Transferring cassettes to MP3 files is an arduous process. The technical aspect is easy enough; it’s the labeling of tracks that’s confusing. My printing is faded and obscured. There are distracting icons in the background of the paper, what looks like some sort of skeletal figure, holding eggs maybe. The title for one song is clear enough: Malcolm X extract…but I can’t make out the name of the composer. I remember finding the album in the dollar bin of a secondhand record store many years before; I can picture it well, a bright cartoonish lake. But I can’t remember the name of the composer. I remember the piano music. And then I remember that it is from the Montreux Jazz Festival in Switzerland. I was very excited about discovering that in the record store because I had just been in Montreux on a bike trip with 15 others. We had seen B.B. King at the festival and listened to Trio’s Da Da Da in the disco clubs across Europe. I bought the album on impulse, and everyone on the trip signed it. I must admit to going kind of crazy in those summer weeks. I pedaled right off the road. Furniture was dumped into a pool. A hotel door was burned with 160-proof rum. I even refused to visit a concentration camp because I didn’t want to be depressed. There was wine – and rum – involved in all of that. And I remember getting into a long discussion with a friend I had made through these travels, Adam Davidson, about everything from literature to the Holocaust. I pontificated nonsense while Adam was personable and good-humored. I really enjoyed his company and then lost touch with him as soon as the trip had ended. He was playing college football in Ohio; that was all I knew.Years passed, and I was watching the Oscars Awards, and Adam Davidson’s name was announced as a nominee in the category for Best Short for a film called The Lunch Date. I knew it had to be another Adam Davidson, but then The Lunch Date won, and Adam Davidson, the Adam Davidson I knew, was thanking people on stage. That was really weird. I wanted to make contact but I didn’t know how to go about it, and I thought it would seem like I was just calling him because he was famous…which I probably was. I later rented the film and used it in my teaching.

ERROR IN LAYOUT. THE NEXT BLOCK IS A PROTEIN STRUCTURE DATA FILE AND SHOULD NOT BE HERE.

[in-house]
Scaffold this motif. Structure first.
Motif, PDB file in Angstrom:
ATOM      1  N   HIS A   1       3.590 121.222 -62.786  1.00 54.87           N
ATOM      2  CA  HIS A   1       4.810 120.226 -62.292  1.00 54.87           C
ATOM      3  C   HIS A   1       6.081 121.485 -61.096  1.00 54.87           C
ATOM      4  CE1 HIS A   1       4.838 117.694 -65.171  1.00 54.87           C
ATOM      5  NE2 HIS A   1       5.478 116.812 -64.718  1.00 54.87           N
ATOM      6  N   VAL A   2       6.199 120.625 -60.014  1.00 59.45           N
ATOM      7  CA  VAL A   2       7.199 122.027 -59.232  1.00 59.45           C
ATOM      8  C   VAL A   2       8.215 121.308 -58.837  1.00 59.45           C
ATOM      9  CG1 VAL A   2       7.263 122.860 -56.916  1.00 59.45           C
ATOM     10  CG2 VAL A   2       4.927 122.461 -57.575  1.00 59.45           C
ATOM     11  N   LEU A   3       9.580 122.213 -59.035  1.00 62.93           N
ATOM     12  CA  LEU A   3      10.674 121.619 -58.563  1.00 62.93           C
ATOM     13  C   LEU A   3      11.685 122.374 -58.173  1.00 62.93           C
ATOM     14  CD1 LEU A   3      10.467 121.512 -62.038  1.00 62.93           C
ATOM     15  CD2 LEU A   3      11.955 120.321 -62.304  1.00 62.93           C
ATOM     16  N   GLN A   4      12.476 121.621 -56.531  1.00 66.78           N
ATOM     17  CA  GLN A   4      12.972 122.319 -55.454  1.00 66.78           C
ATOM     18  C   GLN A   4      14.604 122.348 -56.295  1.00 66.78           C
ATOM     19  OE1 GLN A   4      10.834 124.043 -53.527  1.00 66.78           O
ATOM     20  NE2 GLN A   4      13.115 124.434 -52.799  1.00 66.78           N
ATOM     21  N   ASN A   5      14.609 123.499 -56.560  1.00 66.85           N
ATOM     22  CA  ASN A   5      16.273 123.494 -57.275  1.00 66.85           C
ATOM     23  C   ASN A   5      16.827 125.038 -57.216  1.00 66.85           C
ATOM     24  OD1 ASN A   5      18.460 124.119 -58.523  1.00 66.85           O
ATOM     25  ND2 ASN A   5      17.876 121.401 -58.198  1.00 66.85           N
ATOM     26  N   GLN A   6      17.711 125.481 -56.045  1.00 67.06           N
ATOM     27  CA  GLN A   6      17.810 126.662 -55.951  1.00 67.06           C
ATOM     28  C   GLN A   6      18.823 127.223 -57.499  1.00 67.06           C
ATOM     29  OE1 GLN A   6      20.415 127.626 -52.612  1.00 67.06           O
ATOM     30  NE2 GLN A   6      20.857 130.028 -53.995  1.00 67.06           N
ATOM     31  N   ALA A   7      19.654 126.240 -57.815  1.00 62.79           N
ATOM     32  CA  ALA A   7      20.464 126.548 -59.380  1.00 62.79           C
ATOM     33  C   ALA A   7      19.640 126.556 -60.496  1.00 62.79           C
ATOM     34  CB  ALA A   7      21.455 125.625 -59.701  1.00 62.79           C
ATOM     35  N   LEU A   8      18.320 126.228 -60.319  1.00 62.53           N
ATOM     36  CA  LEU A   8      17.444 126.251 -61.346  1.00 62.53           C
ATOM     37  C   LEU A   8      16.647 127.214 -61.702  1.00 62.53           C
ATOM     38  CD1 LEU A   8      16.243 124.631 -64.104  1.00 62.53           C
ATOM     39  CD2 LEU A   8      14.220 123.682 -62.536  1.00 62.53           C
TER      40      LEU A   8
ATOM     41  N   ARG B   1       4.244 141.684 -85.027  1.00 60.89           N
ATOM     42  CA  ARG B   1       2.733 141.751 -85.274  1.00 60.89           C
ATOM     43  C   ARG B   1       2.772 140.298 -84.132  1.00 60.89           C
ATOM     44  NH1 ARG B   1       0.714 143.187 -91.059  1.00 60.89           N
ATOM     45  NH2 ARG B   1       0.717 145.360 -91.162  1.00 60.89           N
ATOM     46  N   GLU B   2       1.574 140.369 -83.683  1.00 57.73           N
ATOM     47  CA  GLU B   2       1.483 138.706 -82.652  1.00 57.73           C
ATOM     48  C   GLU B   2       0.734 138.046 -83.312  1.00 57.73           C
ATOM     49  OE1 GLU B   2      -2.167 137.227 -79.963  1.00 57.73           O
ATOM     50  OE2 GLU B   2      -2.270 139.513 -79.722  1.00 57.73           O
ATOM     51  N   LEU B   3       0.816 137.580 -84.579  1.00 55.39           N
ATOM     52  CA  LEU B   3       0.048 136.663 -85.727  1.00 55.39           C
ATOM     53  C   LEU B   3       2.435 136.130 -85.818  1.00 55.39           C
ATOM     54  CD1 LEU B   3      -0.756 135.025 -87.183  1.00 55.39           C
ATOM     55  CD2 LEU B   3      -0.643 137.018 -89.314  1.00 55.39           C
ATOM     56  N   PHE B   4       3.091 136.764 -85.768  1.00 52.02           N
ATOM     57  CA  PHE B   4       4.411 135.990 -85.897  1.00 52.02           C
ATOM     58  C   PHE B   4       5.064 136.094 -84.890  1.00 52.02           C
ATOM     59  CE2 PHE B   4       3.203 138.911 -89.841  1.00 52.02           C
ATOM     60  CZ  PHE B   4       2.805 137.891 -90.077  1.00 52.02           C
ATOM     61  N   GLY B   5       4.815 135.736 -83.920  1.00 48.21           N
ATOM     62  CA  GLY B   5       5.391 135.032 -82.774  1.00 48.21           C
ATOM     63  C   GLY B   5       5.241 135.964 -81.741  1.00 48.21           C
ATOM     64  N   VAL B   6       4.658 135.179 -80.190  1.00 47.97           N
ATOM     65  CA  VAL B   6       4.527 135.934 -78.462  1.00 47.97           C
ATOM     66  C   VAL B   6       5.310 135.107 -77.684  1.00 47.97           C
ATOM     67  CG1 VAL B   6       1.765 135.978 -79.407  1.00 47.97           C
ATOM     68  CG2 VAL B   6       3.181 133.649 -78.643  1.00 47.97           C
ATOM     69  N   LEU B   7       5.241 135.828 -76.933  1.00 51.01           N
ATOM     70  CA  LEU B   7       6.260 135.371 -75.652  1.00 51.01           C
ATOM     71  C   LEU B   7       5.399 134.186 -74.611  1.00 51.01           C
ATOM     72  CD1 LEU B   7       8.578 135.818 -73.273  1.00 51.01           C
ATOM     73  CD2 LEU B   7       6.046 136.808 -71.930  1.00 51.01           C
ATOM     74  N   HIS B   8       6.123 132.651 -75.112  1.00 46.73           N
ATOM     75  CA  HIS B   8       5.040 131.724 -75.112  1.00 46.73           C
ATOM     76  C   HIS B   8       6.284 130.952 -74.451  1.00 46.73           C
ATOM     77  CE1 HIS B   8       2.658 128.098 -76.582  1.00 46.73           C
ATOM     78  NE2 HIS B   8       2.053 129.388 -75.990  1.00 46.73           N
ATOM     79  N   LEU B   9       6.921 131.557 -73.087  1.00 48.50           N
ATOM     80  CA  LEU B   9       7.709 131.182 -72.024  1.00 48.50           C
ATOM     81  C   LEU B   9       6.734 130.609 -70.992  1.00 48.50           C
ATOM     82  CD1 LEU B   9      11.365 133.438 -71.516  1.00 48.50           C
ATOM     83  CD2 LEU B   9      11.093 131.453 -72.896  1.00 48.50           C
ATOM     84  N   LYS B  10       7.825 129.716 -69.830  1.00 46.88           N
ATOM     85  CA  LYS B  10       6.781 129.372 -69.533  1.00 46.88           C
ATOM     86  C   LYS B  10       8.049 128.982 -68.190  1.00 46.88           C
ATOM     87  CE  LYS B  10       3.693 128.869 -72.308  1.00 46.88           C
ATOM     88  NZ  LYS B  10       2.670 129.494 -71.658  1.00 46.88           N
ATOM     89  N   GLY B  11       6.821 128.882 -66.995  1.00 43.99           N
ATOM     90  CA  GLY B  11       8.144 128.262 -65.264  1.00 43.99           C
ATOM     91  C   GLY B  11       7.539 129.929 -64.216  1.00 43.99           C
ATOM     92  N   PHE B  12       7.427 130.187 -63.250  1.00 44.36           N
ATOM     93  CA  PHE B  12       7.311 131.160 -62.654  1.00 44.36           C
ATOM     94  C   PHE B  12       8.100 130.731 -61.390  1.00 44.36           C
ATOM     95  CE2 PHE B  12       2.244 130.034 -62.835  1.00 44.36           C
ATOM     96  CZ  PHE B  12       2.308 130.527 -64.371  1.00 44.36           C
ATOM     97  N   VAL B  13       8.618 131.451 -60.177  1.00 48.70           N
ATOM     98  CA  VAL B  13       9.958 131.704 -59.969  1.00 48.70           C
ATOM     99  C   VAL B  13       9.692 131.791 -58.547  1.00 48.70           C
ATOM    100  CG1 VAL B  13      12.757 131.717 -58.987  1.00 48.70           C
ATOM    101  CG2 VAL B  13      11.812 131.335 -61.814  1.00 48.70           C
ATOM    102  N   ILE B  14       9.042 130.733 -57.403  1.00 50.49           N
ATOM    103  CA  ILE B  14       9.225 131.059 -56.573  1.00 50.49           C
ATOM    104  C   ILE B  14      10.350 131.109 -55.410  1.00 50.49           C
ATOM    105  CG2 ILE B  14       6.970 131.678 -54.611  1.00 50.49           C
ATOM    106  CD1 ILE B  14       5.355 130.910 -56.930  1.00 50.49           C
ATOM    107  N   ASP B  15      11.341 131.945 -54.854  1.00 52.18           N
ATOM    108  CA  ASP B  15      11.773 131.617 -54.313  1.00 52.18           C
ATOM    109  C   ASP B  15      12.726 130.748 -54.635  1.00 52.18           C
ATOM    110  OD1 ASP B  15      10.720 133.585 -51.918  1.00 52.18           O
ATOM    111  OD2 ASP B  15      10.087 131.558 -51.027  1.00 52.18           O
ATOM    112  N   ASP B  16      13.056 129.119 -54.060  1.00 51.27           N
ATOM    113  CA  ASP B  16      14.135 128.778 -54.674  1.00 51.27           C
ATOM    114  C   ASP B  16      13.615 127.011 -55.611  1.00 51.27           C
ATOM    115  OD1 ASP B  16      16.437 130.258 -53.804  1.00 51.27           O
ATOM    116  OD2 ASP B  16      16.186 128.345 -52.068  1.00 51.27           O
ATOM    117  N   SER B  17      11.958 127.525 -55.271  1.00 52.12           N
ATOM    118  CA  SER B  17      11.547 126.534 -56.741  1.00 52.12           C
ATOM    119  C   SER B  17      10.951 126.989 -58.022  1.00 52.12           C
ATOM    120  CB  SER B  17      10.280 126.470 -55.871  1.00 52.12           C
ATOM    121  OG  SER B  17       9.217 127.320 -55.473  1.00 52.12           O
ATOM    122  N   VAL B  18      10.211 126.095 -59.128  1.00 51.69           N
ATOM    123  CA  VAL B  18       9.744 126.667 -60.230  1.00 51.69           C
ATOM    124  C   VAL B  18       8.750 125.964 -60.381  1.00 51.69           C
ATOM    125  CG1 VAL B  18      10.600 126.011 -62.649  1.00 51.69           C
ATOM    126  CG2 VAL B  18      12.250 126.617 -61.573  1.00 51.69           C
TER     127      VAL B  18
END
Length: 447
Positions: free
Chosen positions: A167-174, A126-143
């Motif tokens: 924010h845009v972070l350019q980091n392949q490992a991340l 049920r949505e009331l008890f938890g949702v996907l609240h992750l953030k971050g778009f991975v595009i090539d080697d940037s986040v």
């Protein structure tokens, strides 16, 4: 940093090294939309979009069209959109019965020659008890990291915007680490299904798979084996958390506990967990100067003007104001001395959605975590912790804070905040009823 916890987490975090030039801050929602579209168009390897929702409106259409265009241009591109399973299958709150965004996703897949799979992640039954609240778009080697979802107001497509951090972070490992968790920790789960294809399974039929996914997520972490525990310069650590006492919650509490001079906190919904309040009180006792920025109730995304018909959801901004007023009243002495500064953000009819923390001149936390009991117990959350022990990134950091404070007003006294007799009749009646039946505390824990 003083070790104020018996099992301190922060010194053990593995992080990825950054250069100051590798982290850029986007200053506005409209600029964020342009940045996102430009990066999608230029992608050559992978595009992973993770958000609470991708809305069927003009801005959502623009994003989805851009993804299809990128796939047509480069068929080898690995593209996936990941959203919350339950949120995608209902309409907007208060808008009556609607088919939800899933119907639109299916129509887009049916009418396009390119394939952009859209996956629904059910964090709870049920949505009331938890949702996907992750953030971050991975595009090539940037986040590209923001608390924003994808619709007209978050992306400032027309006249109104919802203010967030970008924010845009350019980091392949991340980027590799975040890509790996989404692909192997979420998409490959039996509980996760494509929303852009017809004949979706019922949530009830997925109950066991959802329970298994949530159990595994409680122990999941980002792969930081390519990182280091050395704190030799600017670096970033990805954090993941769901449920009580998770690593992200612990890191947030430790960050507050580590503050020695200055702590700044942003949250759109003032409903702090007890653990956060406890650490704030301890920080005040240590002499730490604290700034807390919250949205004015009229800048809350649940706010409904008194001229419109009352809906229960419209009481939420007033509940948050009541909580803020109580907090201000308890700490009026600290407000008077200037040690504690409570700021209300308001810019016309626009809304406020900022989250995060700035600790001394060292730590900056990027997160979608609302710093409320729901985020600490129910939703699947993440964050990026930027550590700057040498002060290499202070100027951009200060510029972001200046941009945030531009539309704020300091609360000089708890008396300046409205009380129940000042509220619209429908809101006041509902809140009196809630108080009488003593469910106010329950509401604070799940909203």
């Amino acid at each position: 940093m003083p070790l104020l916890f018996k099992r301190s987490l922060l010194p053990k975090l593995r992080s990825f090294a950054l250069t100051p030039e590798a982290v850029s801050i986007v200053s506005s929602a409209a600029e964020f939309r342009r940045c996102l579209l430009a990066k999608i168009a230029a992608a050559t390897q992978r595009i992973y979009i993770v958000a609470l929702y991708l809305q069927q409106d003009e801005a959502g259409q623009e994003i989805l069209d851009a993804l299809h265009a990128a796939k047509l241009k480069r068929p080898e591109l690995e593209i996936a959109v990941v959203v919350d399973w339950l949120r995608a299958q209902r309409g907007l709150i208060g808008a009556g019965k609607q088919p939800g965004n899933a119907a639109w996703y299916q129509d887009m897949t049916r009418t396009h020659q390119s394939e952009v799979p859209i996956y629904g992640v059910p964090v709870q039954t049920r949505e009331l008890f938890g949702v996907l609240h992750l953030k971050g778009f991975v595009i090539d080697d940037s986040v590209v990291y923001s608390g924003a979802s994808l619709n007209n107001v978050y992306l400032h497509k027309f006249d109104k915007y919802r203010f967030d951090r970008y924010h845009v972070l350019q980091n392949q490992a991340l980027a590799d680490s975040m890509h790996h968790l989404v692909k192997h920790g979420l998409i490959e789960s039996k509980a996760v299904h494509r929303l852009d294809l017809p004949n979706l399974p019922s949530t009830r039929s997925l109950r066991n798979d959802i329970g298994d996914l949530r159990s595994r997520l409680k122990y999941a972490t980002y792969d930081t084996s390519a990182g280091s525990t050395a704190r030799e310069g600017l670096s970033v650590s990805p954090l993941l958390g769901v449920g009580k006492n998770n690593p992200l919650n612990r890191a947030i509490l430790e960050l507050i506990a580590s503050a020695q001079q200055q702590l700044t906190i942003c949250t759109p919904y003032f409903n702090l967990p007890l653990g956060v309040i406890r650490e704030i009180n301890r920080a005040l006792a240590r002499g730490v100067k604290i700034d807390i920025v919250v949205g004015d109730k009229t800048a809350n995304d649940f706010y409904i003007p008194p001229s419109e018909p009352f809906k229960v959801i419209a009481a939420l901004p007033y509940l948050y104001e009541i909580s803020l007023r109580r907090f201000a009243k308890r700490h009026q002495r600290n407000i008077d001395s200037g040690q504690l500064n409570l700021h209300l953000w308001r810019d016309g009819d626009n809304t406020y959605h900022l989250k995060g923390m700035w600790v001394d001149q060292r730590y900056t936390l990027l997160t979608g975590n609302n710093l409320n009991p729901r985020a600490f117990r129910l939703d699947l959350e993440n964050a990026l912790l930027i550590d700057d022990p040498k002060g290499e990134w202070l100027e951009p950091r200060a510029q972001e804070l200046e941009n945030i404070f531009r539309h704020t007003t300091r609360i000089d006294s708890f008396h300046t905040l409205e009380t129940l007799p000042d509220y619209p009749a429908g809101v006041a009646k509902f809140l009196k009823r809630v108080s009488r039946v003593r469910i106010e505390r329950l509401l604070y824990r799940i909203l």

It was some time after that again that I mused with a friend about wanting to get in touch with Adam. She worked at the D.A.’s Office and put together a print-out of his home address and phone number. That was too weird – and probably illegal – and so I tore it up…which brings me to now, me working on this blog.
Adam Davidson’s name comes up as the director of a number of television shows, including Grey’s Anatomy and Lost. However most of the Google images for Adam Davidson are not of the Adam Davidson I know, but of a NPR radio host who has been accused of journalistic corruption. That definitely isn’t him. I just had to scroll down further to find an image of my Adam Davidson. And another from a 2006 wedding announcement in The New York Times. I have consider trying to contact him now, but I know that would really be weird. It’s been almost 30 years. I would look like a stalker and he would probably be polite but then file an injunction or something to make sure I didn’t bother him again.
And so I get back on task and google what I was supposed to be googling: Malcolm X Jazz Montreux…and there it was, the same album I had found in the dollar bin of the secondhand record store years ago. The composer’s name was Don Pullen. And then I realized I didn’t have the track name correct. It wasn’t Malcolm X. It was called Dialogue Between Malcolm and Betty. I typed that into the iTunes box.